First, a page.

Responsible Resource Development And Prevention Of Sex Trafficking: Safeguarding Native Women And Children On The Fort Berthold Reservation, Kathleen Finn, Erica Gajda, Thomas Perin, Carla Fredericks

Publications

In 2010, large deposits of oil and natural gas were found in the Bakken shale formation, much of which is encompassed by the Fort Berthold Indian reservation, home to the Mandan, Hidatsa, and Arikara Nation (“MHA Nation” or “Three Affiliated Tribes” or “the Tribe”). However, rapid oil and gas development has brought an unprecedented rise of violent crime on and near the Fort Berthold reservation. Specifically, the influx of well-paid male oil and gas workers, living in temporary housing often referred to as “man camps,” has coincided with a disturbing increase in sex trafficking of Native women. The social risks …


Operationalizing Free, Prior, And Informed Consent, Carla F. Fredericks Jan 2017

Operationalizing Free, Prior, And Informed Consent, Carla F. Fredericks

Publications

The UN Declaration on the Rights of Indigenous Peoples (UNDRIP) has acknowledged varying ways in which international actors can protect, respect and remedy the rights of indigenous peoples. One of these methods is the concept of free, prior and informed consent (FPIC) as described in Articles 10, 19, 28 and 29. There has been much debate in the international community over the legal status of the UNDRIP, and member states have done little to implement it. In applied contexts, many entities like extractive industries and conservation groups are aware of risks inherent in not soliciting FPIC and have endeavored to …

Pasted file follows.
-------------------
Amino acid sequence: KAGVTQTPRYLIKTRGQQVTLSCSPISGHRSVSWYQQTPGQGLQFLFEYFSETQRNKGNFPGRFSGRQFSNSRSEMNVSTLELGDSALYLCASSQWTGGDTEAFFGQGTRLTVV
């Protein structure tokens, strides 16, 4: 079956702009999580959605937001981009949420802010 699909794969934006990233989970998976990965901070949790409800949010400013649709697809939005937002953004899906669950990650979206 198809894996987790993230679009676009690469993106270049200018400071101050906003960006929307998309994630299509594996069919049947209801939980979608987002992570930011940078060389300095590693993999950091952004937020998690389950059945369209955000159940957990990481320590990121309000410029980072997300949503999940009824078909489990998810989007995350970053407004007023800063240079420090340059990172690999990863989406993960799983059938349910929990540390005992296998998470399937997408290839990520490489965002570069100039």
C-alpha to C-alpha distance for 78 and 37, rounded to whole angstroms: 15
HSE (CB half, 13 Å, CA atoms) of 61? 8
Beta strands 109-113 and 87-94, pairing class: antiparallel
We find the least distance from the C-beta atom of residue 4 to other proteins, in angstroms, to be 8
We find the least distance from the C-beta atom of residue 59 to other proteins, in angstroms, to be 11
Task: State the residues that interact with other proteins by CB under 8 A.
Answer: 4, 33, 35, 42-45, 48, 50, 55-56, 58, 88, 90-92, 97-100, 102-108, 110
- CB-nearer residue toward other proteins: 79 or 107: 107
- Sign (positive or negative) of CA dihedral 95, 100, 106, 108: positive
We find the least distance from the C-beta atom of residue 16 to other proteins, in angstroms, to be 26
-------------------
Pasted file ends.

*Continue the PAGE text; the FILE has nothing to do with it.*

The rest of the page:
Mediating Our Future: The Role Of The Land Buy-Back Program In Rebuilding Confidence And Strengthening Trust Between Tribal Nations And The United States Government, Brieann West Apr 2016

Mediating Our Future: The Role Of The Land Buy-Back Program In Rebuilding Confidence And Strengthening Trust Between Tribal Nations And The United States Government, Brieann West

Journal of the National Association of Administrative Law Judiciary

The role that government regulatory agencies like the Department of Interior, Bureau of Indian Affairs played in enforcing Native American land leasing and land rights issues has changed substantially over the past five years. Current changes include, empowering American Indian tribes to exercise autonomy over tribal land leases, and the introduction of the Land Buy-Back program. Despite these positive strides, several questions remain; including, how reuniting previously divided allotments of land and placing them in trust will impact the current trust relationship? Should tribes have more say over which fractionated land allotments receive purchase offers and how these lands will …


Wheeler For Two, Do You Have A Reservation? The Supreme Court's Inconsistent Treatment Of Tribal Sovereignty, Fred Kantrow Mar 2016

Wheeler For Two, Do You Have A Reservation? The Supreme Court's Inconsistent Treatment Of Tribal Sovereignty, Fred Kantrow

Touro Law Review

No abstract provided.